Graffiti gets time in the limelight

“Run Wild,” an exhibit featuring the work of 50 artists at Wallworks Gallery through July 11, is a celebration of graffiti’s most visible era, the 1970s, when it was ubiquitous on subways and buildings around the city.

Kristy Elena with her piece "Industrial Daydream."
Kristy Elena with her piece “Industrial Daydream.”

Exhibit shows how once outlawed activity is now art

The graffiti-covered subways that rattled underground in the late 1970s and early 1980s are now gone. The cars are clean on the outside, though sheeted with paid advertisements on their inside walls.

More buildings and subway cars were spray painted back then because the bankrupted city didn’t have the funds to pay to clean them.

But although there is less graffiti visible on the landscape, street art is experiencing a golden age. At the exhibit, “Run Wild,” showing at Wallworks Gallery at 39 Bruckner Boulevard through July 11, 50 artists who graphitized their own miniature water towers or billboards in celebration of the classic urban art form showed their work.

“Graffiti is always evolving, and always a part of the creative world,” said Anna Matos, the gallery director. “It’s always finding a way to be a part of the mainstream.”

The artist’s works were placed on podiums around the gallery, each with a different style and message.

“There was no theme,” said the exhibition curator, Rey Rosa. “It was about fun.”

Contributing artist, Mary Damian, said graffiti’s explosion in popularity is due to the ubiquity of social media; while the beauty of the art form was once limited to a few local lookers-on who happened to see graffiti scrawled on their neighborhood walls, people all over the world can see the pieces now via the web.

In Damian’s piece, “Concrete Jungle,” the word “jungle” in burnt orange bounces off a bleak gray background. New York City’s bustling ecosystem inspired her, she said, pointing out that the metropolis is “crowded like the jungle, but all concrete.”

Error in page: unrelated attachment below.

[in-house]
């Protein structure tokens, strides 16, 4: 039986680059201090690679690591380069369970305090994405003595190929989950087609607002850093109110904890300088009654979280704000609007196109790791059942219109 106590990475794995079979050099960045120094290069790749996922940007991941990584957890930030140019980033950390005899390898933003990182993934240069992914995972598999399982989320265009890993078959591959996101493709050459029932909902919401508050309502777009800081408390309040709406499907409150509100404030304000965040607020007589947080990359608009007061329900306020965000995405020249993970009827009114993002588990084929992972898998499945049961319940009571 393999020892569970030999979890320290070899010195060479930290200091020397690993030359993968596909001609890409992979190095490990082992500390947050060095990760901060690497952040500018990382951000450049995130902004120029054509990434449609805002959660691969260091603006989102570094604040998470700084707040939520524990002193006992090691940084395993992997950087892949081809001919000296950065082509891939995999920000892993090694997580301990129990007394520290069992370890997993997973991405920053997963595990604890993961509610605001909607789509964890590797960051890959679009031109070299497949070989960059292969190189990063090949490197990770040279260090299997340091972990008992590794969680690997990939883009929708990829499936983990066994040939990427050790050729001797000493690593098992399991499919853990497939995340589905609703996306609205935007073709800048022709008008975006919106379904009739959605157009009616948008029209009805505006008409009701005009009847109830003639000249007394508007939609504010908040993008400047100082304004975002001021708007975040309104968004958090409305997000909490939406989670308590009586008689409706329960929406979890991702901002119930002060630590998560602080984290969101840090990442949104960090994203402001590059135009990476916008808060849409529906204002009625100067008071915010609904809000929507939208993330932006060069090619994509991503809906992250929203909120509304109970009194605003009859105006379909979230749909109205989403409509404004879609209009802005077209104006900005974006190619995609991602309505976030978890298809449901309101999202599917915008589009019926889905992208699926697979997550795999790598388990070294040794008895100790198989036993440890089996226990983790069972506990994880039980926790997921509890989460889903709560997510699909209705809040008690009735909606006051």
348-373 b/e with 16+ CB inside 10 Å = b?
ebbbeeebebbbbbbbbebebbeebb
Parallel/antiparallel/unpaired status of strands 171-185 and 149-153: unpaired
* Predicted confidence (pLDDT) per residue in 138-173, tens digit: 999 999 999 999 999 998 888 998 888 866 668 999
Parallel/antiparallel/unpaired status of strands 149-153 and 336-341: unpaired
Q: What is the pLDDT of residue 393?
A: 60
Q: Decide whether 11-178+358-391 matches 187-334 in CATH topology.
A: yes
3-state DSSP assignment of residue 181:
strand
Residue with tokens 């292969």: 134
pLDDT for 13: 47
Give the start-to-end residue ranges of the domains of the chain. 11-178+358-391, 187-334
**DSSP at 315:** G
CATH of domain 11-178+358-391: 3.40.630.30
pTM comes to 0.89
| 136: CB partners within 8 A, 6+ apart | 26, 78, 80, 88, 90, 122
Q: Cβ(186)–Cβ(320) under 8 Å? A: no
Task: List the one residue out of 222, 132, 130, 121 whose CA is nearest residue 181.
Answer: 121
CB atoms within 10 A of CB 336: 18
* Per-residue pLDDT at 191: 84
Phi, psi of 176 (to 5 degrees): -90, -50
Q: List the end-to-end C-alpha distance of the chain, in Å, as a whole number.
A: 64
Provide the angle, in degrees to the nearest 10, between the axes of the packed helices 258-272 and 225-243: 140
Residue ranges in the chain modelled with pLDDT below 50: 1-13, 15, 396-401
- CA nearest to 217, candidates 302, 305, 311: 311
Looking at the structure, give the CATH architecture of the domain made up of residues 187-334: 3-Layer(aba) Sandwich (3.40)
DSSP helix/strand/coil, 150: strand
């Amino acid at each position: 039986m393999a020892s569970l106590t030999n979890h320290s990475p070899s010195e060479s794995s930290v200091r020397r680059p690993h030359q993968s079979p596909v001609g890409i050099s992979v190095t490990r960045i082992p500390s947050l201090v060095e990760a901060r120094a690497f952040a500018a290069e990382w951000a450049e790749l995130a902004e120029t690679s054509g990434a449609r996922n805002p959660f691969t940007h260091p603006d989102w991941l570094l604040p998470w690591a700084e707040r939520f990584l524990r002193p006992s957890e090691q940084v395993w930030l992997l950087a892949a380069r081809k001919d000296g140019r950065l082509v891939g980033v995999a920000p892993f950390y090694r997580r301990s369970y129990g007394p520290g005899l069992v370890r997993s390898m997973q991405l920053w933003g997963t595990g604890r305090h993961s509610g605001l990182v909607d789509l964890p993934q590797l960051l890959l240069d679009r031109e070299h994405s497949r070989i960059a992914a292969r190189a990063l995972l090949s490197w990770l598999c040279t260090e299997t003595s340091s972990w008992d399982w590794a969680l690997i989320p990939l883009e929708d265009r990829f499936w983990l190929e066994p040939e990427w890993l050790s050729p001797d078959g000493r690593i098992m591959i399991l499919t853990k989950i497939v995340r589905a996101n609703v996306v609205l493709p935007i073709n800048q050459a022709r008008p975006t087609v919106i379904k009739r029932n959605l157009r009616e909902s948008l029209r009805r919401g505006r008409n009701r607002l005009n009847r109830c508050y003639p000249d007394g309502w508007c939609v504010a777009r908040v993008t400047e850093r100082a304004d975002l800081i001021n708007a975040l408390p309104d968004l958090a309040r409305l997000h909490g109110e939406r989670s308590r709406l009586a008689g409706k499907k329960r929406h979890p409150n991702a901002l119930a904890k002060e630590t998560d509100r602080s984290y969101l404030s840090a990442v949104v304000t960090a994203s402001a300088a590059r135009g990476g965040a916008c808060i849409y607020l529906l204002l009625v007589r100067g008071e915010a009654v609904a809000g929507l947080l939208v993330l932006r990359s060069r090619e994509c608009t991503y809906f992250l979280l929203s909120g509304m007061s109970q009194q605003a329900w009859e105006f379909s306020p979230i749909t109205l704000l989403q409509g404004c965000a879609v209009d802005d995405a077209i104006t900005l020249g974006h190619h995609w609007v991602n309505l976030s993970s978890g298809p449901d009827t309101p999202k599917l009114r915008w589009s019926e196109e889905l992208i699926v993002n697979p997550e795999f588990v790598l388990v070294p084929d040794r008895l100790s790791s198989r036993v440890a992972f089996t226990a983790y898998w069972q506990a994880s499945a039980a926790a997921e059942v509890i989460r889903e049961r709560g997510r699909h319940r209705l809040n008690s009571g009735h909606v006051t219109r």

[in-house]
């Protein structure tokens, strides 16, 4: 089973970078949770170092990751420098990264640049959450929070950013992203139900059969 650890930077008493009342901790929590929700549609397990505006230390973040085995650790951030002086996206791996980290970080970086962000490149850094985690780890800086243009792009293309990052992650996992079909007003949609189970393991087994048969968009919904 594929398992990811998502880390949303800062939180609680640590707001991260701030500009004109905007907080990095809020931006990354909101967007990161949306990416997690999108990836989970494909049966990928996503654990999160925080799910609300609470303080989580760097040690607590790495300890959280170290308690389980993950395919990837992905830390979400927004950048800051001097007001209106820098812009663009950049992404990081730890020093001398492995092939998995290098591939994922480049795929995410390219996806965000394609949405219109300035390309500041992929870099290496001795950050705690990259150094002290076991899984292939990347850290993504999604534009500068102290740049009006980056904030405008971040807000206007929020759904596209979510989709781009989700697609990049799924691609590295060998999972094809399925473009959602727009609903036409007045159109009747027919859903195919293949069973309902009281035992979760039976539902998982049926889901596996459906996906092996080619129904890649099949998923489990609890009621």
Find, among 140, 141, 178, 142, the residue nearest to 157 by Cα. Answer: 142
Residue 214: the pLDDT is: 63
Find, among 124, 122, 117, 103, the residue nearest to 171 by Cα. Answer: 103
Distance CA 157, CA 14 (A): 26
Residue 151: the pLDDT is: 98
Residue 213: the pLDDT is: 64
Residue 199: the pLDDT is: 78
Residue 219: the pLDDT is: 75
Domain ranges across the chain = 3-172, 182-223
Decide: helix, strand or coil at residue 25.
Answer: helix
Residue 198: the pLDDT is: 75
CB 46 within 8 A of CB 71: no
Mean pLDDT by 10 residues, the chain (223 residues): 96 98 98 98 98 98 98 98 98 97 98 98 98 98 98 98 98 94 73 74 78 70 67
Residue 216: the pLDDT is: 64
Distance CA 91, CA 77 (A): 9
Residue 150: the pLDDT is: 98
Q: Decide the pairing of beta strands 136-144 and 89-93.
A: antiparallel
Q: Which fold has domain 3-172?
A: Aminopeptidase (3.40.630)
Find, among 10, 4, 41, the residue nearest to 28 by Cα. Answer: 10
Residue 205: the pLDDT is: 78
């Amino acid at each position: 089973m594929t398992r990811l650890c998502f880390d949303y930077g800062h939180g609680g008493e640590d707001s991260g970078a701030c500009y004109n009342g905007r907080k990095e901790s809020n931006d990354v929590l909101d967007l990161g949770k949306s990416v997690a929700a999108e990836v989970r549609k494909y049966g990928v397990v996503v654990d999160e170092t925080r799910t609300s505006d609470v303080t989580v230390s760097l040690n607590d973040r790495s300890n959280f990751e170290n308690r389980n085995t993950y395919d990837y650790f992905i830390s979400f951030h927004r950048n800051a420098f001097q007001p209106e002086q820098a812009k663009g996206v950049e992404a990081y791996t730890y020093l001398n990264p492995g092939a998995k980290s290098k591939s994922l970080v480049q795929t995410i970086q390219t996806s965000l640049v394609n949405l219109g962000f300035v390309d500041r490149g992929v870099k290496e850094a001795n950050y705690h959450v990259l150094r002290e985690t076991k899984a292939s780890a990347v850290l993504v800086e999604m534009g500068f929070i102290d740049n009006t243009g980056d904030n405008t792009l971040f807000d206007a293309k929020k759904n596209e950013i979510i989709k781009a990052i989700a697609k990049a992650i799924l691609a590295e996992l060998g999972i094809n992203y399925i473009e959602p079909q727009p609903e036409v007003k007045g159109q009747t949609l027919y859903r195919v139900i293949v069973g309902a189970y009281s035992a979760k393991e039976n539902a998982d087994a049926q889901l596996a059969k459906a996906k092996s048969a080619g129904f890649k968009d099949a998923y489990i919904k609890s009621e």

In Kristy Elena’s piece, “Industrial Daydream,” a silver-skinned woman in black, looking ominously back at her onlookers, takes up almost the entire water tower.

“What I like to paint most is strong women characters,” said Elena. She said that her work juxtaposes the pretty with the morbid to demonstrate the difficulties of being a woman.

“It all becomes commonplace,” she said. “But then one day you wake up and realize it’s not okay.”

In a group of male artists, she said, it’s often assumed that she must be there to support a boyfriend.

“I’m passed over as an artist,” she said.

Taylor Bown with "Misfit Party."
Taylor Bown with “Misfit Party.”

Artist Taylor Bowen named his piece “Misfit Party,” saying he likes to cast a light on society’s outcasts. Pink and white distorted heads with a bold “X” run up and down his water tower.

Richard Garcia, a visitor from Bushwick, said he came to the exhibit to see the work of artists he’s looked up to his entire life. He said he appreciates the camaraderie graffiti encourages.

“It requires a collaboration between artists – it takes a whole crew,” he said.

“Graffiti artists are finally being seen as real artists,” said Damian.

Wallworks was the perfect place to hold the exhibit, said Matos, since her father, John Matos, better known as “Crash,” is the gallery’s co-owner, and a famous New York street artist who moved from train lots to galleries in the ‘80s.

Crash painted his own water tower for the exhibit. Rosa described the black backdrop and pink and yellow scribbly letters splattered on it as “really old school.”

In Crash’s bio, he writes, “I always felt that what we were doing was so much more than what it was in that specific moment – graffiti could be more legitimate.”

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